October 22 - December 5, 2015
Opening reception: Thursday, October 22, 6-8pm
David Nolan Gallery is pleased to announce Mel Kendrick: sub-stratum [nothing is hidden], the artist’s sixth exhibition at the gallery since 2003. On view from October 22 through December 5, the exhibition will include a group of new freestanding cast concrete sculptures, as well as cast paper drawings and a mahogany wall sculpture.
A preeminent American sculptor – considered among the leading practitioners in the medium – Kendrick’s thoroughgoing practice has involved the use of cast bronze, concrete, a variety of woods, as well as investigations with cast paper. Kendrick addresses fundamental questions around sculpture: namely, the relationship between the object as we experience it and the clearly evident means by which it was created. An abiding theme over the years has been the role of a sculpture’s base as not only a practical support or display feature but also as a crucial generative component within the work itself. Kendrick’s process typically starts with a simple cubic volume (resembling a plinth) from which cylindrical or conical forms are unearthed and then set atop or underneath this original element. Guided by the essential properties of his chosen material, the naturally occurring character of wood or concrete can define the direction of the artwork.
Kendrick first began working with cast concrete in 2009, producing “Markers”, a series of five large-scale black and white sculptures that were displayed in New York’s Madison Square Park. With these works, the artist hit upon a breakthrough process wherein a polystyrene scale model could be used to generate each component of the sculpture. Paralleling his earlier undertakings in wood, Kendrick discovered he could apply the same conceptual logic using a handheld hotwire. Cutting freely into a foam model, the resulting elements would be used as molds into which concrete could be poured.
In the present exhibition, a work in the main gallery, entitled Double Bind, sets itself apart in its slate-grey coloring (an effect which is achieved by mixing carbon black pigment into the concrete). In making this work, Kendrick projected a series of cylinders through four sides of the cube. Above sit the multidimensional internal forms: a combination of the columnar structures (excavated from below) and fragments of the cubic volume’s exterior.
The other works in the main gallery are immediately distinct from Double Bind in their use of natural white concrete with polished surfaces. Whereas Double Bind could be said to have the deep grey appearance of geological rock, these other works, by contrast, achieve an effect resembling marble. Two of these white sculptures present one further inversion, whereby the cubic volume (typically serving as the base) is placed on top, rather than below, its internal forms. Using the collective title “Blockheads”, Kendrick suggests an anthropomorphic element typically absent from his large-scale work. A third white concrete work, entitled Clear Ideas, takes its name from a Magritte painting in which a large rock hovers in the sky above the ocean. Serving as a metaphor for a precise thought, this reference takes shape in Kendrick’s sculpture in a boulder-like mass resting over its hollow base.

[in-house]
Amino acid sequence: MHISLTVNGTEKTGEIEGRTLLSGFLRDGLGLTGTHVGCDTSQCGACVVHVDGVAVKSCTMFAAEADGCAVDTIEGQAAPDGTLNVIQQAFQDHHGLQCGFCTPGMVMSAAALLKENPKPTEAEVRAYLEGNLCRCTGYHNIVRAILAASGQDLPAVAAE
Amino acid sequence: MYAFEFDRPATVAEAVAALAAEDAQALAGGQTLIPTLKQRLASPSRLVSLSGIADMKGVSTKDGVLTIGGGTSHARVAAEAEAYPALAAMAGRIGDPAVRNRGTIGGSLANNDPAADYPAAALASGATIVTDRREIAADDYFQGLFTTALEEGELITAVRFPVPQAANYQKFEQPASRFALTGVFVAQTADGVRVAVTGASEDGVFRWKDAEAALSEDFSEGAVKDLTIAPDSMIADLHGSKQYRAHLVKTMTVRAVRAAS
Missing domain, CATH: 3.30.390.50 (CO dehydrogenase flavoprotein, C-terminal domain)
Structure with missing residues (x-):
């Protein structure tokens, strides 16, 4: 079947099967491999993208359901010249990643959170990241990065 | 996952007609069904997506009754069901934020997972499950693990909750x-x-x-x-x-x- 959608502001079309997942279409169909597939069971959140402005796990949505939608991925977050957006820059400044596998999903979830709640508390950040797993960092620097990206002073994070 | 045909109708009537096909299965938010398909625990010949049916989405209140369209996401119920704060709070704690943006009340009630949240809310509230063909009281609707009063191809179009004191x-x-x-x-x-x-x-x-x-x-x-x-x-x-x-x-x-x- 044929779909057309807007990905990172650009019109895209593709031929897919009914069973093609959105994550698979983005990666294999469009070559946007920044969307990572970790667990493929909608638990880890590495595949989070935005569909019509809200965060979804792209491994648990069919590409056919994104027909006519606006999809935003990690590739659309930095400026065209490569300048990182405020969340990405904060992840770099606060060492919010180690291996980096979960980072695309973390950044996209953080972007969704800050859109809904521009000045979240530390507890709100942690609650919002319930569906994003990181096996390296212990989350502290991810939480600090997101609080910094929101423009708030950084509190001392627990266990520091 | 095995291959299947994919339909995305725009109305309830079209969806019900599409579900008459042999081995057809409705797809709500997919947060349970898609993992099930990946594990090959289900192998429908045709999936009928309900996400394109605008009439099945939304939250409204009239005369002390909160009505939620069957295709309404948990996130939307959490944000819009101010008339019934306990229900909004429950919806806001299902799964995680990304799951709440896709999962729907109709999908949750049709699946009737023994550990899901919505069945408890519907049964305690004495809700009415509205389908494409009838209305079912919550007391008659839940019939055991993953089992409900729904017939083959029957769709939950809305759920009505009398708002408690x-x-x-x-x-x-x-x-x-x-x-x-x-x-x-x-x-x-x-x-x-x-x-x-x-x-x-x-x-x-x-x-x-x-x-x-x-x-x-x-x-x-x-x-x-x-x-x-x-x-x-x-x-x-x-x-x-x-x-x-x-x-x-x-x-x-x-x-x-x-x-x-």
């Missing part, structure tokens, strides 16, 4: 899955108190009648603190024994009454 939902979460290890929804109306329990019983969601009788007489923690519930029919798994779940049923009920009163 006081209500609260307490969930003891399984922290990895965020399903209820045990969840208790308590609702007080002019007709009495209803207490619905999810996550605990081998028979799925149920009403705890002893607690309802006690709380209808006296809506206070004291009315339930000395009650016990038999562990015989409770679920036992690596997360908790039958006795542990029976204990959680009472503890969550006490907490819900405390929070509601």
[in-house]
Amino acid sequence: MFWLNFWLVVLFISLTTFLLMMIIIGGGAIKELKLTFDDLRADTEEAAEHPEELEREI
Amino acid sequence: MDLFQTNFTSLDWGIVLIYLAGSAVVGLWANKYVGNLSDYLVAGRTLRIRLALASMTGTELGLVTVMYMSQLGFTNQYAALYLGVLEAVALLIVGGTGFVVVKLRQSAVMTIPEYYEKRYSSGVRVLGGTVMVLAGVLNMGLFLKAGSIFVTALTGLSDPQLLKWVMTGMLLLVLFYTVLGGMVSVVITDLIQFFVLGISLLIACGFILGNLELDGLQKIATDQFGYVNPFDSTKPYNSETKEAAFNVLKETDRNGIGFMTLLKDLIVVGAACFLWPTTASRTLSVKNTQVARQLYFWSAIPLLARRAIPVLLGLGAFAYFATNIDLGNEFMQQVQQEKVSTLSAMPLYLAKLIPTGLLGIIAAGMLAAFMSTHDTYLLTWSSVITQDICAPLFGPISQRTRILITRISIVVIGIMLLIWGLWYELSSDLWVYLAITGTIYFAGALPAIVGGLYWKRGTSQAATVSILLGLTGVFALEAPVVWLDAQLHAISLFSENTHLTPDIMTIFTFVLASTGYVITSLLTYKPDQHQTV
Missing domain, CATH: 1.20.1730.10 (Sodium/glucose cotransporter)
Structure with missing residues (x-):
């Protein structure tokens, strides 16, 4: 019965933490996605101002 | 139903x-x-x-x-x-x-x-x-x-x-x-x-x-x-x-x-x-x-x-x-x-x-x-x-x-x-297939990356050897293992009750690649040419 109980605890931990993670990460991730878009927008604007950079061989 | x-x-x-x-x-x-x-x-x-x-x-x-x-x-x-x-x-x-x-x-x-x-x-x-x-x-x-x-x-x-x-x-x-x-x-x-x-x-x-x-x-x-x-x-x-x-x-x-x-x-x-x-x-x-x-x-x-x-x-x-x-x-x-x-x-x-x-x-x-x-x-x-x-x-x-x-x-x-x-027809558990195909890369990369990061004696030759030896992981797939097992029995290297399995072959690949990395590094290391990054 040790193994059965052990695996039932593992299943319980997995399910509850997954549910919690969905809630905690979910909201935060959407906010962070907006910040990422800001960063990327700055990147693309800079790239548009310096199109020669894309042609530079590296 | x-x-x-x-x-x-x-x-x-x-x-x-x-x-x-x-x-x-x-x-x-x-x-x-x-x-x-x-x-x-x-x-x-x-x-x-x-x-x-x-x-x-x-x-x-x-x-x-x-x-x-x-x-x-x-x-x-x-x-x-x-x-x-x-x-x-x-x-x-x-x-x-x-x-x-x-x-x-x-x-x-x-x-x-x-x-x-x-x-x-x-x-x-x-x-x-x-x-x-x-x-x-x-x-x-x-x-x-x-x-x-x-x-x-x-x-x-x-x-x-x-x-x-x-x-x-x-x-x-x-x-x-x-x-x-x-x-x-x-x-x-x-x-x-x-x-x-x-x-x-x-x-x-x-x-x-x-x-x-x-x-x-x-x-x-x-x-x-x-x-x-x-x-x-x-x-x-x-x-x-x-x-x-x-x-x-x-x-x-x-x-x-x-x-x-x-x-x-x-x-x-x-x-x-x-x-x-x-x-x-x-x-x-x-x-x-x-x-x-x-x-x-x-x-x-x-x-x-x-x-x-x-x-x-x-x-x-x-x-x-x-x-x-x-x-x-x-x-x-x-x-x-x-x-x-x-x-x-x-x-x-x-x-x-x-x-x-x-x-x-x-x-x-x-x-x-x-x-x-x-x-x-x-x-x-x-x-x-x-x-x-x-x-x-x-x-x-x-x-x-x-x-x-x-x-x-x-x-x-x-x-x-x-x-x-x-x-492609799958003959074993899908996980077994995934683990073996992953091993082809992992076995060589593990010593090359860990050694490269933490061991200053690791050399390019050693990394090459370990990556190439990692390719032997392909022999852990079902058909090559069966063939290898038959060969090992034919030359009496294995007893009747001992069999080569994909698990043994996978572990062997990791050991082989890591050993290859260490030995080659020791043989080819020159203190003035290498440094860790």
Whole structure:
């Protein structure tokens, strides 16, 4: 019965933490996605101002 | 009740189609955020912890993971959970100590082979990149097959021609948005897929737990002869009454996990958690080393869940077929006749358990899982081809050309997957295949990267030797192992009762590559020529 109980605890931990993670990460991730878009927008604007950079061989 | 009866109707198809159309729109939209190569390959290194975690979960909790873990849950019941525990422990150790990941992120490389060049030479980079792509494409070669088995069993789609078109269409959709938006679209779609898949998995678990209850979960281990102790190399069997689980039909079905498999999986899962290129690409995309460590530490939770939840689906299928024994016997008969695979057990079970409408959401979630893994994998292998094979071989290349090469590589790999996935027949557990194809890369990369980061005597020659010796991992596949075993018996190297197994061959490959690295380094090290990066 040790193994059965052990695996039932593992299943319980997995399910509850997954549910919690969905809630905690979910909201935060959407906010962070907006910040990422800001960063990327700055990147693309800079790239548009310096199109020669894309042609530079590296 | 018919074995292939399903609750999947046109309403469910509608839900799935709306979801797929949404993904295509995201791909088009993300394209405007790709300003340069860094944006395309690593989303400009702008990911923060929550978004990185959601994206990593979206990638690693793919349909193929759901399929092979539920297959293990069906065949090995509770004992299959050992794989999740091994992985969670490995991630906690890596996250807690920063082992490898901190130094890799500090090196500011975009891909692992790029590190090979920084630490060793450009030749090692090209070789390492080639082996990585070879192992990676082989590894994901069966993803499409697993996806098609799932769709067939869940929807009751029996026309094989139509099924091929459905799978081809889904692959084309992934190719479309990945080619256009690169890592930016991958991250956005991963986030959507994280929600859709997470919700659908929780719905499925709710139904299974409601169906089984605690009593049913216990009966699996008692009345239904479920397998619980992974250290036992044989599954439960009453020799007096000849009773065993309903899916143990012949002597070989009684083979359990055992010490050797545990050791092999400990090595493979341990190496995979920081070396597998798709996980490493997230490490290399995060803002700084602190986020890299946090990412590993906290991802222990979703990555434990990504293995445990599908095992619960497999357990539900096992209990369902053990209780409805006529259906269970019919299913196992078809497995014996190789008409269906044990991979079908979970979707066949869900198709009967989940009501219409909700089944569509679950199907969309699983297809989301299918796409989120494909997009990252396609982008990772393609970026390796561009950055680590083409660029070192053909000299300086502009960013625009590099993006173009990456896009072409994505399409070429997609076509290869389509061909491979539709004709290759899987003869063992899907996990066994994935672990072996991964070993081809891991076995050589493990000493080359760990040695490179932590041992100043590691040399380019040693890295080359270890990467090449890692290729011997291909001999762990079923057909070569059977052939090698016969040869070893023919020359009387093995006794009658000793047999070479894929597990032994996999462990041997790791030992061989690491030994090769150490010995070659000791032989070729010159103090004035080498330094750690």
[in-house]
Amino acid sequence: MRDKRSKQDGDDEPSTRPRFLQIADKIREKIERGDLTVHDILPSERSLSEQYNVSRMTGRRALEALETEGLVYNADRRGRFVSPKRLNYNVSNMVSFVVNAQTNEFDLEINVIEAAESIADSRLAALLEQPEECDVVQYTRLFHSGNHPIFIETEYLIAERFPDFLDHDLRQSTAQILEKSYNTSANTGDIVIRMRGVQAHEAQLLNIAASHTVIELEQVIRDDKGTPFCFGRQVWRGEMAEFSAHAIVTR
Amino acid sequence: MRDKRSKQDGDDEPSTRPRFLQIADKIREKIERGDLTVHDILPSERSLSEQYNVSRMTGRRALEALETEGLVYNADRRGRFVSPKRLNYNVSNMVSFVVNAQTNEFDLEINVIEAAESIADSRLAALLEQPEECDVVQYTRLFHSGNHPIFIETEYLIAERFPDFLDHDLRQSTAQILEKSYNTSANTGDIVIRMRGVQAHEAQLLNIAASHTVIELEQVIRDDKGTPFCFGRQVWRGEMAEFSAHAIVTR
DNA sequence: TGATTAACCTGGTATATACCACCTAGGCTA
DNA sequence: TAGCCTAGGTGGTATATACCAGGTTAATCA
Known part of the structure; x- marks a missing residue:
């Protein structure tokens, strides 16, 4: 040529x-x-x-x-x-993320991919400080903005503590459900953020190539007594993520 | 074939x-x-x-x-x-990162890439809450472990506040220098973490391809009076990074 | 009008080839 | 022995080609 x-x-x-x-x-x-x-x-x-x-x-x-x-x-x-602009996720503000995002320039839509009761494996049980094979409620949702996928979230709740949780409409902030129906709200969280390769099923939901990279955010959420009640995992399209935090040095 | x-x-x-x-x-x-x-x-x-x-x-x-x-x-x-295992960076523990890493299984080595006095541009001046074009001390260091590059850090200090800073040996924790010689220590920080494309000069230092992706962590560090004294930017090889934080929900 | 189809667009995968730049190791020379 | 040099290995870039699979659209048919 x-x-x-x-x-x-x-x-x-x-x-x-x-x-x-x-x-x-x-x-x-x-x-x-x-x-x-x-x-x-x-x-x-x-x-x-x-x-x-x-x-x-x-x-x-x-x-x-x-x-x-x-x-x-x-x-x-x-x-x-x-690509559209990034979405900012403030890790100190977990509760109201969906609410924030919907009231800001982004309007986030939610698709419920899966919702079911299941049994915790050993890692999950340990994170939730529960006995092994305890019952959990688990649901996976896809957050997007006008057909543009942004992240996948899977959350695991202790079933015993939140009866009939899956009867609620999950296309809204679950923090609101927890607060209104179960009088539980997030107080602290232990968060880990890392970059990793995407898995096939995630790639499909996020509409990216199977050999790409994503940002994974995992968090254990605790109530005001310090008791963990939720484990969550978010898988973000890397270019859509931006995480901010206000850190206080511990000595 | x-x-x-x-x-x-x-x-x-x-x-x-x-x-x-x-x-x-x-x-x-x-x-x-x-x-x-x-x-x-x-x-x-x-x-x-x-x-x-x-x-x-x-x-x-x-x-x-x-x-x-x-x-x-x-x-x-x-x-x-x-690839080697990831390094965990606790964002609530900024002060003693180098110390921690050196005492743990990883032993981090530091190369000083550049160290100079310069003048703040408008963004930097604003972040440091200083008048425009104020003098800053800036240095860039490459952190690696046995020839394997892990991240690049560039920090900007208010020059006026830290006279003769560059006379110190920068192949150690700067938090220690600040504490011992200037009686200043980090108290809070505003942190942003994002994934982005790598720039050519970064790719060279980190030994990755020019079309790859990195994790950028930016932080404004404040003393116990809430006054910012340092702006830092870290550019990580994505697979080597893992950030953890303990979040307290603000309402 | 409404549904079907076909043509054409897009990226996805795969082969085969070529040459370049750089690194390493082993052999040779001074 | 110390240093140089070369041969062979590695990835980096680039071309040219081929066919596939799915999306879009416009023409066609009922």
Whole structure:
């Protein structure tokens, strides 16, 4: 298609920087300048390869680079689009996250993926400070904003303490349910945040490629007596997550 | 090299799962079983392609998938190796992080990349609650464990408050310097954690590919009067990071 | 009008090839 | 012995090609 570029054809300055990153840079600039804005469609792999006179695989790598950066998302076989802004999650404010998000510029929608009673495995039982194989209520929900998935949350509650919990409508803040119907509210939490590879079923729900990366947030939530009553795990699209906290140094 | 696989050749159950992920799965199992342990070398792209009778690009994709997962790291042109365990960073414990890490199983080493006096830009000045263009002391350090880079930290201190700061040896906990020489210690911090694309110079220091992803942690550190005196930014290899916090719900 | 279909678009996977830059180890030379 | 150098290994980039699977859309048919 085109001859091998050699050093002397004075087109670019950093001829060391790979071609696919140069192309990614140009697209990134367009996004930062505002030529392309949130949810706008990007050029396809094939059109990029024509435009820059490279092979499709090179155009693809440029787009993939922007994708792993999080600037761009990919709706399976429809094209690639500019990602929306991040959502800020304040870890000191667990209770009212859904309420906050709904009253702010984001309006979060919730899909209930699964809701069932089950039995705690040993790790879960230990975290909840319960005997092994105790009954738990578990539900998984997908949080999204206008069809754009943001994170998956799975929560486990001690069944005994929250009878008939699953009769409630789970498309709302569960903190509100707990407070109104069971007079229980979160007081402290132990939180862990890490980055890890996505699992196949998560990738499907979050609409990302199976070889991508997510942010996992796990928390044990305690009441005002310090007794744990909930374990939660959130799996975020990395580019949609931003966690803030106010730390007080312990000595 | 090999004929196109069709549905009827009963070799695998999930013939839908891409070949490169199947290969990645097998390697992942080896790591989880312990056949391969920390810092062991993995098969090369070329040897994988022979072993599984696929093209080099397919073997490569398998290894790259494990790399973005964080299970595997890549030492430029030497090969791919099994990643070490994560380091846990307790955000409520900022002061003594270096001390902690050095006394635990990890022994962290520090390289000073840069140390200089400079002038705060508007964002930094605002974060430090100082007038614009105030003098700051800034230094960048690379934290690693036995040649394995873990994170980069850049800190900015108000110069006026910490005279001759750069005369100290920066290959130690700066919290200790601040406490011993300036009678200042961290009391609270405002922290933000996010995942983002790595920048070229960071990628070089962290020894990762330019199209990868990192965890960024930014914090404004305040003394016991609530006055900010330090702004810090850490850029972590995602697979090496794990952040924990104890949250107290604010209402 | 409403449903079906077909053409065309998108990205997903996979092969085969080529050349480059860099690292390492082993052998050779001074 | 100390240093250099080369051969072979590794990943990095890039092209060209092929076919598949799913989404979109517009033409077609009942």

Works from Kendrick’s “Marker” series are currently installed at Queen’s Landing in Grant Park, Chicago. Other recent exhibitions include Piece Work, a group exhibition organized by Robert Storr at the Yale University School of Art Gallery (2015) and jacks at the Parrish Art Museum (2011-12). His work is included in the collections of numerous major public institutions including the Art Institute of Chicago; The Baltimore Museum of Art; Brooklyn Museum; Dallas Museum of Art; High Museum of Art, Atlanta; The Metropolitan Museum of Art, New York; Minneapolis Institute of Art; The Museum of Modern Art, New York; National Gallery of Art, Washington, DC; Philadelphia Museum of Art; Saint Louis Art Museum; Toledo Museum of Art; Walker Art Center, Minneapolis; Whitney Museum of American Art, New York; and Yale University Art Gallery, New Haven. Kendrick lives and works in New York.